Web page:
Arnold makes Connie think that everything she’s doing comes from her own free will. He doesn’t touch her; he doesn’t use force. As she leans over his car, Arnold stands behind her, anticipating a violent embrace but he backs off, while quietly and strongly retaining his power. The danger appears to have gone, but Arnold’s continued movements of anxiety-filled erotic anticipation wreak havoc on Connie’s mind. There’s a quiet rumbling in the depths of Arnold’s being.
Connie can’t seem to recognize herself, but Arnold assures her that he knows her better than she knows herself. He leans into her just enough without touching her: “I know my Connie. I’ve been watching you.” The game intensifies and both Connie and Arnold exist in another reality separated from everything that is familiar, especially to Connie. She tries to hold onto being a little girl by entering back into the house and calling her mother: “Mommy! Mommy!” she cries, but Arnold knows better what’s good for her.
Connie’s free will takes on a different form as she leaves the home and enters into Arnold’s car. He takes the car into an unknown location, and Chopra continues the element of ambiguity by only showing Arnold’s empty car in the middle of an overgrown meadow. We can’t see or hear Connie and Arnold. This adds to the power of the erotic because we don’t know whether Connie has been raped. What makes this film morally difficult is the precedence that the aesthetically-led eros takes. It calls us to make a decision: is Arnold a rapist and a pervert, or is he a lover? What is the distance between violence and eros? By nature, sex is violent but who’s in control of this violence? A man or a woman?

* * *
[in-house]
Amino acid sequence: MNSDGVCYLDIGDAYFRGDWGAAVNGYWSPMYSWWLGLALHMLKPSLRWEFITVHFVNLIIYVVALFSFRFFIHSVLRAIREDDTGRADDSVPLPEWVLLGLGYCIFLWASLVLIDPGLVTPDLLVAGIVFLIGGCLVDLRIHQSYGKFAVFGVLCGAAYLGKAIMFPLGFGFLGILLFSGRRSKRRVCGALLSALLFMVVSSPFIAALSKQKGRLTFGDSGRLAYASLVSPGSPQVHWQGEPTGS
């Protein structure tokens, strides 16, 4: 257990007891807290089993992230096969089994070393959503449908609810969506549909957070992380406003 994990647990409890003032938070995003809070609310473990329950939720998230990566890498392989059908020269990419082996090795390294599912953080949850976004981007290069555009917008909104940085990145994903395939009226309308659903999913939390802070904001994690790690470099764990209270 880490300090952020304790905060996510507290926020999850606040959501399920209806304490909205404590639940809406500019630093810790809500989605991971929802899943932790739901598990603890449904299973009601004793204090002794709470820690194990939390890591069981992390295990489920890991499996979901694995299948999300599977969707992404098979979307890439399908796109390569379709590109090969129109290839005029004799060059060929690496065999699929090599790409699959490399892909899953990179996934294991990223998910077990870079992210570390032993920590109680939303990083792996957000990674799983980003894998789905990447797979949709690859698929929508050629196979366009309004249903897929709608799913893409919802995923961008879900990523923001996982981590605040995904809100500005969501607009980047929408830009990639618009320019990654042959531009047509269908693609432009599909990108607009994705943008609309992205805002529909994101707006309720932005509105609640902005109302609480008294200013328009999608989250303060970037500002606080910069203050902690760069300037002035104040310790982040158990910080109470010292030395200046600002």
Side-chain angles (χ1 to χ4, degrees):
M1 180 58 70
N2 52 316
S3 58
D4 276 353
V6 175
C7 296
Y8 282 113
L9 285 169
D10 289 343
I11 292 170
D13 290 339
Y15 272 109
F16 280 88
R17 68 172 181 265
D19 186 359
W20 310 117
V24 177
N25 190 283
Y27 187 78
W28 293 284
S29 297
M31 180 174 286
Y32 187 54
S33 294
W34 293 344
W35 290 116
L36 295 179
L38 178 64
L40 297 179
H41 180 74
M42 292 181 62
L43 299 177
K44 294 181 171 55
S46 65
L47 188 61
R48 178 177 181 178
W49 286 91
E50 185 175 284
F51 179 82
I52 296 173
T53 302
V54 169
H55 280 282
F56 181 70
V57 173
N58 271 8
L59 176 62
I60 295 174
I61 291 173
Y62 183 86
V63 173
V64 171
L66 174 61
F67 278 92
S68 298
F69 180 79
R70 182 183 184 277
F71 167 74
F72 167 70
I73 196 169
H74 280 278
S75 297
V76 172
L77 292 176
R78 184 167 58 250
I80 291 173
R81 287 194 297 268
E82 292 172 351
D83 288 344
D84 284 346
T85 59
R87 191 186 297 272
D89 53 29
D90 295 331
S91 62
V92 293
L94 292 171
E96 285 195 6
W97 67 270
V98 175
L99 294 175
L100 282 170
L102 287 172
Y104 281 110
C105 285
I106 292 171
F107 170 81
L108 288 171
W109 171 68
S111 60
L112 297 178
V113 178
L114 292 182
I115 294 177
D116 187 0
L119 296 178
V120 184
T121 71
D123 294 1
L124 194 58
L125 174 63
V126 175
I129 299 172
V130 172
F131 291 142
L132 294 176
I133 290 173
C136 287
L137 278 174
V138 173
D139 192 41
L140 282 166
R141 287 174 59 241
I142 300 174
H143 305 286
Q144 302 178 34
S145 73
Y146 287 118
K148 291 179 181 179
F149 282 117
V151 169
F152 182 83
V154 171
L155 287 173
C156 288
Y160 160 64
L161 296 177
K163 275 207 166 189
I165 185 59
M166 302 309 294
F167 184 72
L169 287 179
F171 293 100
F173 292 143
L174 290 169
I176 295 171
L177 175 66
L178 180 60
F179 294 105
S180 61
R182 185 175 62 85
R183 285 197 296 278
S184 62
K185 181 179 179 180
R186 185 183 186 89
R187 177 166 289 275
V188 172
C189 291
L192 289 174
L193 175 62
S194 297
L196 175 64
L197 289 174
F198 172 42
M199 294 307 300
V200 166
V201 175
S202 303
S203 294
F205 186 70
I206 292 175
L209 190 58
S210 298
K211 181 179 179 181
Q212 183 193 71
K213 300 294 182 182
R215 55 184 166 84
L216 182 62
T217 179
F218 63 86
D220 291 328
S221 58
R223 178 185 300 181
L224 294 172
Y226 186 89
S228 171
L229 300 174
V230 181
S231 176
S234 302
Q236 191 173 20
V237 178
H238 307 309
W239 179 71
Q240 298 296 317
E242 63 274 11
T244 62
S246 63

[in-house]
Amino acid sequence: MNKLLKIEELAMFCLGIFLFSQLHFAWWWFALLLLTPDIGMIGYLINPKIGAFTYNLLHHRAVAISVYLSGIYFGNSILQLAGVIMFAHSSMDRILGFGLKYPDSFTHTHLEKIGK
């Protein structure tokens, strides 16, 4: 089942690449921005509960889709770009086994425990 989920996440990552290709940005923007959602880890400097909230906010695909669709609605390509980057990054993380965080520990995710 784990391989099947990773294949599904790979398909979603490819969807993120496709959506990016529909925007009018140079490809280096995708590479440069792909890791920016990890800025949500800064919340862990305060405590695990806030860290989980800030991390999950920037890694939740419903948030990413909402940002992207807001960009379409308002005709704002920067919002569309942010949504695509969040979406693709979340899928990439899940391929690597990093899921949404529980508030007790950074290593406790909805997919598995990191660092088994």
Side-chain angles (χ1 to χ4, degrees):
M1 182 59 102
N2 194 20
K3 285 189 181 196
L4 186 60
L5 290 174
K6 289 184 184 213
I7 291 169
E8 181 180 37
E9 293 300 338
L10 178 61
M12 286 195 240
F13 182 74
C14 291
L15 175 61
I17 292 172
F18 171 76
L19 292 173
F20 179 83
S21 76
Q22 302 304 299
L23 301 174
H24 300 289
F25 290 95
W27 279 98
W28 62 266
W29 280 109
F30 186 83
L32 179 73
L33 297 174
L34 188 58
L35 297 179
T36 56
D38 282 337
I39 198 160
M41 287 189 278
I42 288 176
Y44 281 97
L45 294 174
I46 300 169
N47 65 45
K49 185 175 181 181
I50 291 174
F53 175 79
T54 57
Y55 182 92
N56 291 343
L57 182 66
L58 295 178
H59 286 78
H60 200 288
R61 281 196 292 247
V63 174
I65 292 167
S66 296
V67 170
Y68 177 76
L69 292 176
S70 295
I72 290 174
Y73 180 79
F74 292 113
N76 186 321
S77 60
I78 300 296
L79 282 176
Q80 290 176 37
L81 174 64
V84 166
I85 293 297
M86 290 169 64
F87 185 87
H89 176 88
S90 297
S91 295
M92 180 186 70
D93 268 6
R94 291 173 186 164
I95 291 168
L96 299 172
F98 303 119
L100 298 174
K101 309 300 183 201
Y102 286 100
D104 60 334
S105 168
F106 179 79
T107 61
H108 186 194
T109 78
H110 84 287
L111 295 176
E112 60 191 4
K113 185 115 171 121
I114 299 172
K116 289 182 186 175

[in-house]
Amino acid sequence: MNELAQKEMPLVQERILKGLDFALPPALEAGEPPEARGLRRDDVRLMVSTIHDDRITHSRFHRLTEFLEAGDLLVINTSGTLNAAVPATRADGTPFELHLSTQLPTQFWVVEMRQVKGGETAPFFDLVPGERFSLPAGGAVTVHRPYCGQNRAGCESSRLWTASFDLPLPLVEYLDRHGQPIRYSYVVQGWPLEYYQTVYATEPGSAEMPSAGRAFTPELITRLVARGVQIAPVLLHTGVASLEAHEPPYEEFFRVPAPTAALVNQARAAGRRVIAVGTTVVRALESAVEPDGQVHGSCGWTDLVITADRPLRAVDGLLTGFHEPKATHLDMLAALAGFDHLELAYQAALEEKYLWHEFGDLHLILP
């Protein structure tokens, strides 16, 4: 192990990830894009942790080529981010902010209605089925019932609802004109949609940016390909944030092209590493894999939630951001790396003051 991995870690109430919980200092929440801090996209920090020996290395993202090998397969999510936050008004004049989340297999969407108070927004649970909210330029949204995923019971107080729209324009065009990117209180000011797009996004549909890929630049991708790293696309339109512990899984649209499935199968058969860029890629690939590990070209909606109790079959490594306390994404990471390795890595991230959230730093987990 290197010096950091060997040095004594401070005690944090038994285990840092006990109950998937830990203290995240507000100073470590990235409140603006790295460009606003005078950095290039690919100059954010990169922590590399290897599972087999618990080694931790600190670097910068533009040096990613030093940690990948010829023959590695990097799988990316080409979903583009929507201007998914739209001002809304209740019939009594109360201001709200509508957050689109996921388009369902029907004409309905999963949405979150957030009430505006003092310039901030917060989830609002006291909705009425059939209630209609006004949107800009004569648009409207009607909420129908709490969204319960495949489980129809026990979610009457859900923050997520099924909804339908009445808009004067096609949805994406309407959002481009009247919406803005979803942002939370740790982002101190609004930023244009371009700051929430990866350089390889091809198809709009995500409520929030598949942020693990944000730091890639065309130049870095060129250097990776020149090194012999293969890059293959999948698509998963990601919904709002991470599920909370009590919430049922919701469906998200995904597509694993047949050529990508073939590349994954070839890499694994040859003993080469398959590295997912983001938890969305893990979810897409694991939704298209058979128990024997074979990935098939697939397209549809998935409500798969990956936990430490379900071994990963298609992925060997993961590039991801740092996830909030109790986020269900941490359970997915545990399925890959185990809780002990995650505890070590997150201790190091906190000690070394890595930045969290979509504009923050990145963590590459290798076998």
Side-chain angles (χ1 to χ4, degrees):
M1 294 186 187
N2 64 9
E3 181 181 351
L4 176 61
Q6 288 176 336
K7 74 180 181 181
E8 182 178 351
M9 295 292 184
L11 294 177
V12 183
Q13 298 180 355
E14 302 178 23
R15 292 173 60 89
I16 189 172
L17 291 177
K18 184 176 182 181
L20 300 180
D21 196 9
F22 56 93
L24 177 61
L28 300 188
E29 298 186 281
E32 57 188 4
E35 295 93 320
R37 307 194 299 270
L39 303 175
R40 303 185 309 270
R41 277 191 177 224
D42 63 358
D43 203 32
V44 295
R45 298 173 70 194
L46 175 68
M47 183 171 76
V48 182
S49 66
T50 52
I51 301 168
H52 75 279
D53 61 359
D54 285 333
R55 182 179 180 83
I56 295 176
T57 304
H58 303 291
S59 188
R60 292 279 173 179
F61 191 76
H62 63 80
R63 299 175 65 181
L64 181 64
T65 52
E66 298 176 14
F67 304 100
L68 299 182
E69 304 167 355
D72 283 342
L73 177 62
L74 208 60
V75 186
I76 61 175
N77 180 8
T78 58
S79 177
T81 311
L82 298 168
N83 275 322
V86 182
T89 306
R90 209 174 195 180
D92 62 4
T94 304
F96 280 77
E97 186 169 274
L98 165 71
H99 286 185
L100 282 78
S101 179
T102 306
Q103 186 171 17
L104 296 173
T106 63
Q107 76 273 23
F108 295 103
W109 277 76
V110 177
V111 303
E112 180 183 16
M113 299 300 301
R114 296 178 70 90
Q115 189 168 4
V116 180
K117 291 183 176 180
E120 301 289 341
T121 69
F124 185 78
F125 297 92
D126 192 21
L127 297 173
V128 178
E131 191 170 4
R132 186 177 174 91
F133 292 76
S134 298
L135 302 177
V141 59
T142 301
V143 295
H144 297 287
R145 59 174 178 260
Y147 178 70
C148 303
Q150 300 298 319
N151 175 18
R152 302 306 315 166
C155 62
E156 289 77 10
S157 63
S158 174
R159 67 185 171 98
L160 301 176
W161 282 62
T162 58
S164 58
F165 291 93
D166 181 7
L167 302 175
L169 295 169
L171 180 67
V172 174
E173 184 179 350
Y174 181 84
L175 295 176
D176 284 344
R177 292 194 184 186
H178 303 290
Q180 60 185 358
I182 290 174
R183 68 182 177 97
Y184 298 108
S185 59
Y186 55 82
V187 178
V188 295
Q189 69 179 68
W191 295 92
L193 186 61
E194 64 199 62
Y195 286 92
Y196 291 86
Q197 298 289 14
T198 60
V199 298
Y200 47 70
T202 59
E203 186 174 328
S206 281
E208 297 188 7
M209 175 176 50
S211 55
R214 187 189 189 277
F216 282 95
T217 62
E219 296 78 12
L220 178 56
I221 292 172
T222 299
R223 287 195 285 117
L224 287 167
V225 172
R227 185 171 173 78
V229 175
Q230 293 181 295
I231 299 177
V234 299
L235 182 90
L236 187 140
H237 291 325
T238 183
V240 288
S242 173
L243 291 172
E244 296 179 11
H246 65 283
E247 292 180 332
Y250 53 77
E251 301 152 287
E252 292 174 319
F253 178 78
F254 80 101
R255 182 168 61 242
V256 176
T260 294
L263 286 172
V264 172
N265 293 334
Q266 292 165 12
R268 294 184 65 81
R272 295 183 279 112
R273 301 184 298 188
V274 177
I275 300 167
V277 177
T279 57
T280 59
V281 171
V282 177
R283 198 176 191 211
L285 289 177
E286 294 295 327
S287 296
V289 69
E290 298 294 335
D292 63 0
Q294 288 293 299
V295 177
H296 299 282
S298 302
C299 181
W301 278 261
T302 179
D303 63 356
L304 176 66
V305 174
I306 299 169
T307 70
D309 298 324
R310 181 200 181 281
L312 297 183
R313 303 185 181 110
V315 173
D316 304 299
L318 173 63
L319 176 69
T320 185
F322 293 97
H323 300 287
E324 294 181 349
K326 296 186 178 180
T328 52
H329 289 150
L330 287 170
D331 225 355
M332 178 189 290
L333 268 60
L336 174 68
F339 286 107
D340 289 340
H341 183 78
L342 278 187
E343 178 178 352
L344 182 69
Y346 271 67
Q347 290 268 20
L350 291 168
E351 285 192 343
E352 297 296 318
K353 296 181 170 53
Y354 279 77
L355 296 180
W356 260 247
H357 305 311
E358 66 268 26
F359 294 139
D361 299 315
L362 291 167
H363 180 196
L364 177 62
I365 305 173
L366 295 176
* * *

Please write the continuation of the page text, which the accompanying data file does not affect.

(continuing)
Connie’s driven back home, clearly a changed person. She’s no longer a girl but a woman. But what kind of woman? Scarred? Mature? Has she been touched by evil or by a transition into a woman’s sexuality? It is Connie who gains power in the end, even for a moment. “I don’t want to see you here again. Ever. Understand?” she says to Arnold. But even this is ambiguous—she’s not sure whether what she’s saying is authentic and real, and Arnold just smiles, as if he finds newly found free will amusing and cute. Will she choose to remember this? After all of this, the question is essentially metaphysical: where is Connie going, where has she been?